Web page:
Power factor (pf) is the difference between actual energy consumed and the apparent powerin an AC circuit. It will calculate as a decimal or percentage between 0-1 pf and 0-100% i.e. 0.9 pF = 90%.

UPS input power factor

The UPS input power factor is the ratio of UPS input active power to input power. UPS is not only a part of power supply, but also a load on the utility power source. It means the UPS power supply not only obtains active power from the mains, but also obtains reactive power.

The UPS rectifier has reactive and capacitive components, so will also have a factor power and this will
have to be accounted for when making the upstream electrical connection. The UPS input is a characteristic of the design and is usually declared by the manufacturer in the technical specification.
With modern IGBT front-end rectifier technology, the input is typically close to unity, 0.99, at 100% nominal load.

UPS rated output pf is a UPS design factor

The rated output pf describes the maximum active and apparent loading the UPS can tolerate by design. For example, a 100 kVA UPS pf 1.0 can handle loads up to 100 kW load. If the pf is 0.8, these loads become 80 kW and 100 kVA, respectively. To correctly select and size the UPS, you should know the total active and apparent power of the load. A UPS with rated pf of as example 0.8 can handle loads of higher factor as well – and vice versa.

Lagging Power Factor

These are loads where the current waveform lags behind the voltage by a factor equal to the load’s reactance, typically between 0.5 and 0.95.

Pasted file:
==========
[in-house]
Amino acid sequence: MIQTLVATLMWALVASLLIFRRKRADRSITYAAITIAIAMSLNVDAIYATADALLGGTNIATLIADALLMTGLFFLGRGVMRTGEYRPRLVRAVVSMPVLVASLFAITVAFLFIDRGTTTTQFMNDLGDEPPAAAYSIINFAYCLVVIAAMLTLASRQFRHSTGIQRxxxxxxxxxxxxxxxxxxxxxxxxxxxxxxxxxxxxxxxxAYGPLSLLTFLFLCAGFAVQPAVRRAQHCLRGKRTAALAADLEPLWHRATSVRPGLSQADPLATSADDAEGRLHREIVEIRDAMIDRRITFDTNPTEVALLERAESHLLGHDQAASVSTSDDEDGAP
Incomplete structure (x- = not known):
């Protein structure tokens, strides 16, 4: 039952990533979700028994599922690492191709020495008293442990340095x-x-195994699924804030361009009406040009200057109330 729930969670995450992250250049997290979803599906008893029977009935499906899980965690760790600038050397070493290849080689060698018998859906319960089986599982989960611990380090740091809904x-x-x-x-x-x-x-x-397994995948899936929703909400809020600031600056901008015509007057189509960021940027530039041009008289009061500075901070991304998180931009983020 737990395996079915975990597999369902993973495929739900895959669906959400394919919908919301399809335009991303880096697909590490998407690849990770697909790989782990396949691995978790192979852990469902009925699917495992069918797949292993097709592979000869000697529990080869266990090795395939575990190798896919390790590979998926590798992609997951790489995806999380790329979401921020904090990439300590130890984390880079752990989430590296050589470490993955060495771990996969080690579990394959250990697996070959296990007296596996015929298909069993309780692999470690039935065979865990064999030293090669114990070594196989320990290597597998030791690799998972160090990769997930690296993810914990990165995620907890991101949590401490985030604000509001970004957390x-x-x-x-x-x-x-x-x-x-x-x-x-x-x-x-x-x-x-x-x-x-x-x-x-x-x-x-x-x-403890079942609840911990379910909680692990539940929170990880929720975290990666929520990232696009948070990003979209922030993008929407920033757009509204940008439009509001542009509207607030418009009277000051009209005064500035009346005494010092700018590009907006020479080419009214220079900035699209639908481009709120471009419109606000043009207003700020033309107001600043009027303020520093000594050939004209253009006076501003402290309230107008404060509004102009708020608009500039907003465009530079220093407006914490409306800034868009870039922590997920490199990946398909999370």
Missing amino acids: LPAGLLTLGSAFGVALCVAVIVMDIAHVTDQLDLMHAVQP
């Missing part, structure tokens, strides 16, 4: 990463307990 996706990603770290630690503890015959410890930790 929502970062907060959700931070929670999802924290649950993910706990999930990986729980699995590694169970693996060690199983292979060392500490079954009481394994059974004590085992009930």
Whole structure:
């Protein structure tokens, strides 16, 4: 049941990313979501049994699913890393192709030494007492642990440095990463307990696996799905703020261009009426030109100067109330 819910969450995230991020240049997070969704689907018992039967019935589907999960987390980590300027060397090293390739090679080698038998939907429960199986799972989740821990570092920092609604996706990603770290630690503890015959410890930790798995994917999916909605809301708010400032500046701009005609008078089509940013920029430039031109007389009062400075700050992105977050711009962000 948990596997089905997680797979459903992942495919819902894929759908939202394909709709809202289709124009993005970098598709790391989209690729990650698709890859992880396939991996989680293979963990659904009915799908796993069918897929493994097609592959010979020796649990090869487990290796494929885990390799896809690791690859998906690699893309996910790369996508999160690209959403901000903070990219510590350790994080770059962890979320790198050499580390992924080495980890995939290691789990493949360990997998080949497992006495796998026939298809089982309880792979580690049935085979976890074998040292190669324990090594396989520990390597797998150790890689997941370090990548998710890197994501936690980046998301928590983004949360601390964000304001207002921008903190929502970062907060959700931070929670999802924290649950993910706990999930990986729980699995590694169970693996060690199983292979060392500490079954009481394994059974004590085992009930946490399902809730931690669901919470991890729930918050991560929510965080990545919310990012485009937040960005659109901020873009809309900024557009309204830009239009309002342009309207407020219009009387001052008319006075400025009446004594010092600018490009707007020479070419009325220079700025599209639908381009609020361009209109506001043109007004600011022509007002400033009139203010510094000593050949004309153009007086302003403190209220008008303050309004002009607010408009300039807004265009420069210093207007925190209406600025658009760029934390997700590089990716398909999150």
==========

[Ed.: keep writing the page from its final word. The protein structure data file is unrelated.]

In the below image, a 2300 VA load with a lagging 0.766 pf would have a real value of 1762W (1.76 kW). 

Lagging Power Factor

Unity Power Factor

Unity pf loads have the current and voltage waveforms in phase with each other. In the example below, a 2300 VA load with 1 pf has a real value of 2300 W (2.3 kW).

Unity Power Factor

Leading Power Factor

Loads with a leading pf have a current waveform that leads the voltage by a factor equal to the load’s reactance, usually between 0.8 and 0.95.

Using the same 2300 VA as in previous examples, a leading pf of 0.766 has a real value of 1762 W (1.76 kW).

Leading Power Factor

A UPS will call upon to support different types of load equipment and these may have nonlinear
input stages. The compatibility of the UPS output stage (ie, the inverter) with different types of nonlinear load equipment is usually stated in the product documentation. Note that:

  • In cases with high inrush currents or peak currents – eg, motor loads – even the stated range of UPS output one does not provide enough detail to determine if the UPS can support the load.
  • With static loads, the UPS specification can use to determine compliance.

How to choose UPS?

A UPS with a rated factor of 1.0 means that you get equal amounts of kVA and kW out of the unit. With much modern equipment this is a good match as usually the load consumption kVA and kW are similar. However, if the load pf differs from unity, the dominating limit is the kVA rating, not the kW rating. For example, for a load with a rated capacity of 80 kW / 100 kVA (pf 80/100 = 0.8):

  • If the UPS rated output pf is 1.0, then the UPS rated capacity needs to be a minimum of 100 kW /100 kVA (100 = 100 * 1.0).
  • If the UPS rated output pf is 0.8, then the UPS rated capacity needs to be a minimum of 80 kW/ 100 kVA (80 = 100 * 0.8).

Power factor is a major consideration when selecting a UPS. it is very important to understand that if the UPS cannot handle the real capacity and the reactive consumed by the load an overload situation will quickly develop that could lead to UPS damage or outage and the critical load becoming unprotected.

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